• Climactic Music: Each film ends with some form of patriotic music during the final summary.
  • Contrast Montage: In "Prelude to War", film clips of American children doing innocent kid things like playing ball are contrasted with clips of children in Axis countries receiving military training in groups like the Hitler Youth.
  • Curb-Stomp Battle: How the Japanese invasion of Manchuria, the Italian invasion of Ethiopia and Germany's invasion of everything (except Russia) is portrayed.
  • Dark Is Evil: The series is the Trope Codifier for representing Axis forces as pure black. Axis rule is literally shown oozing into other countries.
  • Dark Reprise: In War Comes to America, a instrumental version of My Country, 'Tis of Thee is played over an explanation of US history. Later, a dark version is played over scenes of a burning Pearl Harbor, morphing into a Triumphant Reprise during FDR's "Date of Infamy" speech.
  • Dig Your Own Grave: The Battle of China has a shot of Japanese soldiers forcing Chinese civilians to do this.
  • Eagle Land: Flavor one, of course.
  • False Flag Operation: The Mukden Incident, a staged event in which the Japanese blew up their own railway line in 1931 to justify the invasion and conquest of Manchuria, is dramatized.
  • Idiosyncratic Episode Naming: Film #4 began the The Battle of ... naming system, but the seventh movie broke the pattern.
  • Invaded States of America: The films posit this as the inevitable result of American defeat in the European and Pacific theaters.
  • Japan Takes Over the World: According to the films, Japan's ultimate goal was to conquer all of Asia, before turning east to link up with the Nazis in the Americas.
  • Opposing Combat Philosophies: Divide and Conquer proposes this as one of the reasons for France's quick defeat at the hands of Germany. Germany's commanders believed in concentrated, highly mobile assault forces. France's commanders believed in building massive, static fortifications on the border. When German forces puncture the defensive lines by going through the Ardennes, France is lost.
  • Perfectly Cromulent Word: The title cards read "information film", where people today might say "documentary" (or "propaganda").
  • Propaganda Machine: Japan, Italy, and Germany's propaganda machines are covered in detail. Arguably, America's own Office of War Information behind these movies.
  • Public Domain: The entire series is public domain, as a government production.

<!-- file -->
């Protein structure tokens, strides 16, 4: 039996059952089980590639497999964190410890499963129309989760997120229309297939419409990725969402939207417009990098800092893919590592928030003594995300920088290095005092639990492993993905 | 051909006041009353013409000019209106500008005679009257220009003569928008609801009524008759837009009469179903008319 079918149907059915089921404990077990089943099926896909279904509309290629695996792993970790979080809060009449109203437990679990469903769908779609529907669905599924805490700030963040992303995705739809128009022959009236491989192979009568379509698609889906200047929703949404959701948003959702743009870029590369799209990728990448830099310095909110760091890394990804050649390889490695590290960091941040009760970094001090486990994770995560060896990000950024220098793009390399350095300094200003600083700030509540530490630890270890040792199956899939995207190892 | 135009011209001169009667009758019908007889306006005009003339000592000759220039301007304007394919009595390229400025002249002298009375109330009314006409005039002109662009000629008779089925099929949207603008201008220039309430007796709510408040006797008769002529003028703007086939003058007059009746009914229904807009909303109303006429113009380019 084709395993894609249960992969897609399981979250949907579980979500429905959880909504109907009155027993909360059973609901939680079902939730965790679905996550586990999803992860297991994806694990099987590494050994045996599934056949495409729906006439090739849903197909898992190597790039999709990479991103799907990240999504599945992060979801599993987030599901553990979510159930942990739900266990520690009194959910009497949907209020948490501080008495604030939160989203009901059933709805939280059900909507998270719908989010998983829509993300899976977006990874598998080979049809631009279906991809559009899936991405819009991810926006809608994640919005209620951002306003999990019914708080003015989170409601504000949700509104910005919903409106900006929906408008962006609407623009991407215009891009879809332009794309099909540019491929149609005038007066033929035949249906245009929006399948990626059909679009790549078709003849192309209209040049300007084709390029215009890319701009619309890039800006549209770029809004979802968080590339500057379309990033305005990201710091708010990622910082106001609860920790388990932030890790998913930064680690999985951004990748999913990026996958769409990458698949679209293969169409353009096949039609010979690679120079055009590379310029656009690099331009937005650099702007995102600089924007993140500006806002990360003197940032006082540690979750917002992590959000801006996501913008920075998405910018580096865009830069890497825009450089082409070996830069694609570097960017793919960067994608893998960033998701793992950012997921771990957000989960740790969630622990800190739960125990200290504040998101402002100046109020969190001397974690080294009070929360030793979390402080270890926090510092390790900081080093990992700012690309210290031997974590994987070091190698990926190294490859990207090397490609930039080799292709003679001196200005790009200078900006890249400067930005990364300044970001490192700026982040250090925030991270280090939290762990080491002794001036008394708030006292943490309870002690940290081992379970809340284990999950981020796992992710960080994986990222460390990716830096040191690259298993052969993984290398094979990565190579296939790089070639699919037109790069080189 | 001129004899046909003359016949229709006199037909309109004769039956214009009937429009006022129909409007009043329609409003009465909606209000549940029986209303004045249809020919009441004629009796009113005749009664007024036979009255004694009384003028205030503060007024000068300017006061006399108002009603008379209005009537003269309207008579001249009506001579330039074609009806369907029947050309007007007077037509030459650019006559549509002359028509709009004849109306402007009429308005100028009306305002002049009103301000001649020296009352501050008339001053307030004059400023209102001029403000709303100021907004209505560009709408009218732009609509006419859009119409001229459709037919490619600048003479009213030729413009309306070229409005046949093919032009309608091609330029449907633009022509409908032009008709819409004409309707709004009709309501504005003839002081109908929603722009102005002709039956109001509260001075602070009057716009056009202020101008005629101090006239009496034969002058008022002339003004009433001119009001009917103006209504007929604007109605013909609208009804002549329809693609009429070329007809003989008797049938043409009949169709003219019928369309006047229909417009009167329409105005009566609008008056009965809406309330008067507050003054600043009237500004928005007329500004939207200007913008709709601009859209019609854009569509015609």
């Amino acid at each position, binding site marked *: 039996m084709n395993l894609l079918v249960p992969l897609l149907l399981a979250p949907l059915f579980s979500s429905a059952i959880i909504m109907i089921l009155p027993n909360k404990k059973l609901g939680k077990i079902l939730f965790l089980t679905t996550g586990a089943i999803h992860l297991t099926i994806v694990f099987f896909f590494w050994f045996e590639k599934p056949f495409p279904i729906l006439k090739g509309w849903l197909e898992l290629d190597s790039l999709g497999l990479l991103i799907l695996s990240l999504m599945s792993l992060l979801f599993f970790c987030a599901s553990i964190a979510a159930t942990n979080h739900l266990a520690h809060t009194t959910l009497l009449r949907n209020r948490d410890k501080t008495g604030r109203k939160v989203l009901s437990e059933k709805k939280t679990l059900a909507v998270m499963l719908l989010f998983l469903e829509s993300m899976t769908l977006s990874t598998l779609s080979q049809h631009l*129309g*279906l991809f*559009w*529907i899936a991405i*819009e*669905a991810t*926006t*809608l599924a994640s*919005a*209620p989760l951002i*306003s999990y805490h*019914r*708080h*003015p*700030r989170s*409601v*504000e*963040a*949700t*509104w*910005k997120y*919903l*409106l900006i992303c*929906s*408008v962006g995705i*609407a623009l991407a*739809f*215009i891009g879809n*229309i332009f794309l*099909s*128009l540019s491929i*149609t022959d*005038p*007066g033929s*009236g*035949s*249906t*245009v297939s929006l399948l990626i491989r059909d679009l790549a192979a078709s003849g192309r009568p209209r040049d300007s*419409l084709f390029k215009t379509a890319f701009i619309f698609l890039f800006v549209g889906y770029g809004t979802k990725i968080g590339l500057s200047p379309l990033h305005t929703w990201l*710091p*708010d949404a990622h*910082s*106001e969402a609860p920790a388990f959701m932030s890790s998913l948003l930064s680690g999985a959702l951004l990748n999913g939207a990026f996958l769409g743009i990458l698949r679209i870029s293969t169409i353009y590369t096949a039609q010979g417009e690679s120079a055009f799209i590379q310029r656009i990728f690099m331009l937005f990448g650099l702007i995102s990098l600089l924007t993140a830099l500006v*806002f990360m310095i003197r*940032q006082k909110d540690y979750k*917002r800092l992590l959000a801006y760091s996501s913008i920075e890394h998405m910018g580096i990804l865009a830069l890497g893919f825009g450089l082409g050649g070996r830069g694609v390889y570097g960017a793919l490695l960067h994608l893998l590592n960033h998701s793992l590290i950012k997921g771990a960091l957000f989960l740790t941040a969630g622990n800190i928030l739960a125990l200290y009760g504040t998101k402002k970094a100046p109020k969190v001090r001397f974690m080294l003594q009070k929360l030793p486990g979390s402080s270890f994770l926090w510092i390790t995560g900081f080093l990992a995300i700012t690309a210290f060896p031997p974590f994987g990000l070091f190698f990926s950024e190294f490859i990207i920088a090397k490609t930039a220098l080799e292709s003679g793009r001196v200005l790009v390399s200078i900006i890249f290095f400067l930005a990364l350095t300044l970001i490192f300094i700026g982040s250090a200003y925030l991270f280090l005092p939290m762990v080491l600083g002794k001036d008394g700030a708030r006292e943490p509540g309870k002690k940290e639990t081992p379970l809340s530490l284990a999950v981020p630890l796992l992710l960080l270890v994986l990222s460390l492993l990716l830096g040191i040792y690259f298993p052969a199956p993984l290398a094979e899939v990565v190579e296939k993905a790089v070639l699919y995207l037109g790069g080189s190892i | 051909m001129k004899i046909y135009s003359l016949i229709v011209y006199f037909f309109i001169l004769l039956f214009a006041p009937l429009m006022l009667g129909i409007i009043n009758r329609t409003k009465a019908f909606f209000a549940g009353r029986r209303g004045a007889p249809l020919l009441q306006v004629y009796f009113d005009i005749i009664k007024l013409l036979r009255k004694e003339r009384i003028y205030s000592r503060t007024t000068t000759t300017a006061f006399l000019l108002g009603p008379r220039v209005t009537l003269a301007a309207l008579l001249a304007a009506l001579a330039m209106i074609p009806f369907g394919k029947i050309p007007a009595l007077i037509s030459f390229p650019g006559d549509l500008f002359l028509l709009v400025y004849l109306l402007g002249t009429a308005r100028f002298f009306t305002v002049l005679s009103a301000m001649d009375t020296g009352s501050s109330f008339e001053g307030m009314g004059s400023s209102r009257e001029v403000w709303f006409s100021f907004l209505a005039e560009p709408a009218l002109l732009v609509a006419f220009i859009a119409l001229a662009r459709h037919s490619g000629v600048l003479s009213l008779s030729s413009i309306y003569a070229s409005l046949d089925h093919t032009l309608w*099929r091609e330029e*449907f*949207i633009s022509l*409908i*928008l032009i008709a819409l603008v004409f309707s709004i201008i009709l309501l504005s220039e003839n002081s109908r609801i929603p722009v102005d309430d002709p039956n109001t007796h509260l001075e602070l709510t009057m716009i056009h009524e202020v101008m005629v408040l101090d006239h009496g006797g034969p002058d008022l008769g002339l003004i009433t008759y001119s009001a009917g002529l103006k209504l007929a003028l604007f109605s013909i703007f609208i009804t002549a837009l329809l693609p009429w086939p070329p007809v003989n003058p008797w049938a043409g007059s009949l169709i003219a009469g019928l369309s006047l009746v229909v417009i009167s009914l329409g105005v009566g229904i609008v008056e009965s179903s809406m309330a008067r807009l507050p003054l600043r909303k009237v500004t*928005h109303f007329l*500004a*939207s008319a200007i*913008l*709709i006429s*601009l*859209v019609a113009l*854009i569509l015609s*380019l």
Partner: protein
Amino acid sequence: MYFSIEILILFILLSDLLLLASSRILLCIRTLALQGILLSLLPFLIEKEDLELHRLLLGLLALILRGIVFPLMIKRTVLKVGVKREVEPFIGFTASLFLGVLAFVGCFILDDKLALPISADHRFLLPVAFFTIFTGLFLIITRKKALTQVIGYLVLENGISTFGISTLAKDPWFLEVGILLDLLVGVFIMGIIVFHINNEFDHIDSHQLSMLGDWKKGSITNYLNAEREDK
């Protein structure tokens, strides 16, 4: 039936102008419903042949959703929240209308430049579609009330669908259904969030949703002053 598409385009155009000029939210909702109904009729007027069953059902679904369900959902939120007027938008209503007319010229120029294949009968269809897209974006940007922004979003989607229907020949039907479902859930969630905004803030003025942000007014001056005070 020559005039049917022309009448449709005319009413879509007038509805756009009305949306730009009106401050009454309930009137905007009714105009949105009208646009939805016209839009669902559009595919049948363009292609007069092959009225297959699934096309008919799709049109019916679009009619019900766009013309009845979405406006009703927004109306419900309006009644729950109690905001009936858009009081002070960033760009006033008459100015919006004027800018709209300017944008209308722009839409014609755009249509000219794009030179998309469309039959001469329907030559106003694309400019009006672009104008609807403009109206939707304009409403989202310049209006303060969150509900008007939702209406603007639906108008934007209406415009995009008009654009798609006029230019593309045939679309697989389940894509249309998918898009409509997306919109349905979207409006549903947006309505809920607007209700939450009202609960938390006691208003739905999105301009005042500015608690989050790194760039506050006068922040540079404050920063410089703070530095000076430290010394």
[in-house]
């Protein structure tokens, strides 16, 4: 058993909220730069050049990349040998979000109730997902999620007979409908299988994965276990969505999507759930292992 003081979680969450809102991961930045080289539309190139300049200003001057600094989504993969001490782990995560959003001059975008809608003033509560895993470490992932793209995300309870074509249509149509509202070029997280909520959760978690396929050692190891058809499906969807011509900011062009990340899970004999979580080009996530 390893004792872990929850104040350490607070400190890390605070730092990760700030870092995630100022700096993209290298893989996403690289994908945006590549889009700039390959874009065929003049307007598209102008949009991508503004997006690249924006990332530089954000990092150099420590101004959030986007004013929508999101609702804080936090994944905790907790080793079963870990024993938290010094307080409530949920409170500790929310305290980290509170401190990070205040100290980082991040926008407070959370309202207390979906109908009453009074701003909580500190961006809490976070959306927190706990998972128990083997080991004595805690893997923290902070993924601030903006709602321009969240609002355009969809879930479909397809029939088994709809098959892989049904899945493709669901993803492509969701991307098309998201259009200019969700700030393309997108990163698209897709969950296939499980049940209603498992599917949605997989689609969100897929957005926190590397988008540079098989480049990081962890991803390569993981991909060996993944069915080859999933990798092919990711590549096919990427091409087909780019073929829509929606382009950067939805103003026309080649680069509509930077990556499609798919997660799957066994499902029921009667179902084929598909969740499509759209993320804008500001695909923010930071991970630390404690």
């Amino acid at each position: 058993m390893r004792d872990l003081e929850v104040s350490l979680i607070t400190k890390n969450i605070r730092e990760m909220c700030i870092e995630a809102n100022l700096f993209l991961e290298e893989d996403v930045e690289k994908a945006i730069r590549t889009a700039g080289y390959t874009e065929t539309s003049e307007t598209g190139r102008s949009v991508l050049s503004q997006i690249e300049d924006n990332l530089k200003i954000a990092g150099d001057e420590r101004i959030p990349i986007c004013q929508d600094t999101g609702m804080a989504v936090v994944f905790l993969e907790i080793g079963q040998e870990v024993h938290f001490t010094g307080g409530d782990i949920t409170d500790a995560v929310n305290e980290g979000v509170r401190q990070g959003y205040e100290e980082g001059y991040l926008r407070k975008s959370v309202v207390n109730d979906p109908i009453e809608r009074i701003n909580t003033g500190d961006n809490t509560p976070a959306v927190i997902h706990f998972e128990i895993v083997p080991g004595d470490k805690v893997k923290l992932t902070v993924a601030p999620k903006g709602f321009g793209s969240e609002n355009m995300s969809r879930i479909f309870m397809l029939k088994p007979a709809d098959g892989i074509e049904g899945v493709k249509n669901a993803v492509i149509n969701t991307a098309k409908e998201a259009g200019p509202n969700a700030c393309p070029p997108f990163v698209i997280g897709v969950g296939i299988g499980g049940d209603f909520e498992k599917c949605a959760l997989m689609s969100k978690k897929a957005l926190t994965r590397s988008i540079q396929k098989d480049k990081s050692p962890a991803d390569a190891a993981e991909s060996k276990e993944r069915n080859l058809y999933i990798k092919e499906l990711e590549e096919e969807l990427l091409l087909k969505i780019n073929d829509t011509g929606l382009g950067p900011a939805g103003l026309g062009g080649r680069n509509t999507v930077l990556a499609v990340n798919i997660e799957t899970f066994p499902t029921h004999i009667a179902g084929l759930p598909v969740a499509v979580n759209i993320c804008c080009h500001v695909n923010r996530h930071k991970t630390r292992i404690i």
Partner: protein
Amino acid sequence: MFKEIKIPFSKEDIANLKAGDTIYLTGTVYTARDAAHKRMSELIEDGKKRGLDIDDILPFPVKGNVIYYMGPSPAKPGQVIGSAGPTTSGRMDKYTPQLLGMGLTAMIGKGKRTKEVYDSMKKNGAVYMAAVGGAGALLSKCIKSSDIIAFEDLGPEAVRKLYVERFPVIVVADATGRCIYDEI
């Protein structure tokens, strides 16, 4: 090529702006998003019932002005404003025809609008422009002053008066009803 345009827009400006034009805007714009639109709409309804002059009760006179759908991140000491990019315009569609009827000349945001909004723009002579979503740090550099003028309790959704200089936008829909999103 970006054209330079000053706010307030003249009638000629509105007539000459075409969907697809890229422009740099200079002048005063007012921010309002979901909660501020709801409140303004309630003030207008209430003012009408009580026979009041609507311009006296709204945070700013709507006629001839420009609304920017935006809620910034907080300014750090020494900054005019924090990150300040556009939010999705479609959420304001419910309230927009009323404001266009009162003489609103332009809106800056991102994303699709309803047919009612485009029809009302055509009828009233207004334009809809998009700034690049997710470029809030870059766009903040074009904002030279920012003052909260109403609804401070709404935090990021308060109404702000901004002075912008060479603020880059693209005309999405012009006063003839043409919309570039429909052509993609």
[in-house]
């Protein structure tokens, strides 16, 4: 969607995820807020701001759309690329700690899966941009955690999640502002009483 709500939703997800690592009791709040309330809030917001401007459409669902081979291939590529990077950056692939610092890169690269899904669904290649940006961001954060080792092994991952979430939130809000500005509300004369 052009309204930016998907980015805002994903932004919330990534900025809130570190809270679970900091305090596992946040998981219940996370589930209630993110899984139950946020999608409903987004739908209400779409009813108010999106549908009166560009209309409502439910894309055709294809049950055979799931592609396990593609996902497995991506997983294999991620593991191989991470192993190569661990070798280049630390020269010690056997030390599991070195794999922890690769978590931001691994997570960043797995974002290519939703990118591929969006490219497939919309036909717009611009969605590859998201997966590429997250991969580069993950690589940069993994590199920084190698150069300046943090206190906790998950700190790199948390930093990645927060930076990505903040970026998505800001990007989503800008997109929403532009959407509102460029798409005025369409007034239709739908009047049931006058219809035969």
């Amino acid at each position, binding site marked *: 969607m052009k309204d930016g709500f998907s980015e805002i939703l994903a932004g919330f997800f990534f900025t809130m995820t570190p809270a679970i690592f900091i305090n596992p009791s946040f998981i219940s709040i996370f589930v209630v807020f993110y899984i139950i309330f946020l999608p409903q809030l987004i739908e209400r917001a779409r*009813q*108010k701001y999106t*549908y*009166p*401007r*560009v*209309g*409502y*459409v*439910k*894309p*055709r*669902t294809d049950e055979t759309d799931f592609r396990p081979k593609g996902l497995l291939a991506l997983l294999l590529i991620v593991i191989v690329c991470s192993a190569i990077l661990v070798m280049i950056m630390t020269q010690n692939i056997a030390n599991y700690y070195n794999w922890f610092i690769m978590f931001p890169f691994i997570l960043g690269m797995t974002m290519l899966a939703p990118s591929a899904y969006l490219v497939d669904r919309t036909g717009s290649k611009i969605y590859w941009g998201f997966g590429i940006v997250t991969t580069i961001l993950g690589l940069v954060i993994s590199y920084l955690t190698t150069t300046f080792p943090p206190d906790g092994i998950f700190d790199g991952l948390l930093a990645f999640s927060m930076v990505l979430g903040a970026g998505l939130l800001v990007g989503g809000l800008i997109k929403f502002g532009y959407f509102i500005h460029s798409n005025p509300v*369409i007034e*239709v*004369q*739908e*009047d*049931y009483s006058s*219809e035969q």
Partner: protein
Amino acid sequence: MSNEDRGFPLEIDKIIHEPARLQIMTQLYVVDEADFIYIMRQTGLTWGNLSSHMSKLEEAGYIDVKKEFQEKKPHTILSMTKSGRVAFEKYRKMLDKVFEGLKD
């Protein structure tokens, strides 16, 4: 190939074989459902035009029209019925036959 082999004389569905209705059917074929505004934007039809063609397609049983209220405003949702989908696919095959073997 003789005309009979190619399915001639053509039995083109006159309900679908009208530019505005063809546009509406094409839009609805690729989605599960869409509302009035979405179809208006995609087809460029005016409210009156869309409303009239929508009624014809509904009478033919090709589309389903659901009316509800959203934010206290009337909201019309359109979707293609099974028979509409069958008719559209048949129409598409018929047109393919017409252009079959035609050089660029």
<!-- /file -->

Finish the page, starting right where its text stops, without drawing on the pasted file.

• The Purge: The "Night of Long Knives" in which Hitler purged troublesome members of the Nazi Party in 1934 is mentioned.
  • Rape Pillageand Burn: The Japanese Imperial Army did this to the Chinese city of Nanking. Needless to say, it is meant to evoke disgust and hatred of the enemy.
    Narrator: "In their occupation of Nanking the Japanese again outdid themselves in barbarism. The helpless populace was trapped by the city walls and could not flee. The Japanese soldiers went berserk; they raped and tortured, they killed and butchered. In one of the bloodiest massacres in recorded history, they murdered 40,000 men, women, and children."
  • Soundtrack Dissonance: After explaining the way of life in the Axis countries, Nazi marching scenes from Triumph of the Will are shown with a repetitive military march playing. After the melody has repeated a few times, the whole affair starts looking very silly.
    • Similarly, in The Battle of China, the soundtrack makes liberal use of The March of the Volunteers, which was a Communist marching song (and now the national anthem of the People's Republic of China) in a film mostly lionizing Chiang's Nationalists.
  • Spreading Disaster Map Graphic: Used repeatedly throughout the series to illustrate Axis aggression both before and during the war. Sometimes accurate, like in the German conquest of continental Europe, and sometimes less accurate, like a fanciful sequence that imagines the Germans and Japanese landing in North and South America and attacking the United States directly.
  • Stock Footage: The films make use of footage from enemy propaganda films, and historical footage, so many shots are necessarily reused.
  • Talking Heads: These are occasionally brought out, such as Secretary Hull explaining diplomacy (or lack thereof) with the Japanese.
  • Triumphant Reprise: See Dark Reprise above, which it is coupled with.
  • Trojan Horse: Divide and Conquer accuses Nazi Germany of doing this in Norway. The Germans sent merchant ships to Norwegian ports that were secretly loaded with troops and supplies—which is Blatant Lies, by the way.
  • Un-Installment: War Comes to America was slated to be a two-parter, and the title card still includes "Part One". However, it was felt that a second part covering America's part in the war would be unnecessary, as people already knew about it from the news. World War II ended two months after the first part's release.
  • V-Sign: Each film ends with a large V (for Victory) being displayed, sometimes accompanied by Beethoven's 5th, the opening notes of which can be interpreted as Morse for the letter V.
  • Yellow Peril: Interestingly, this is played straight for Japan, characterized as a menace and racially insulted, yet averted for China, which is shown to be a heroic people with a great and traditional society.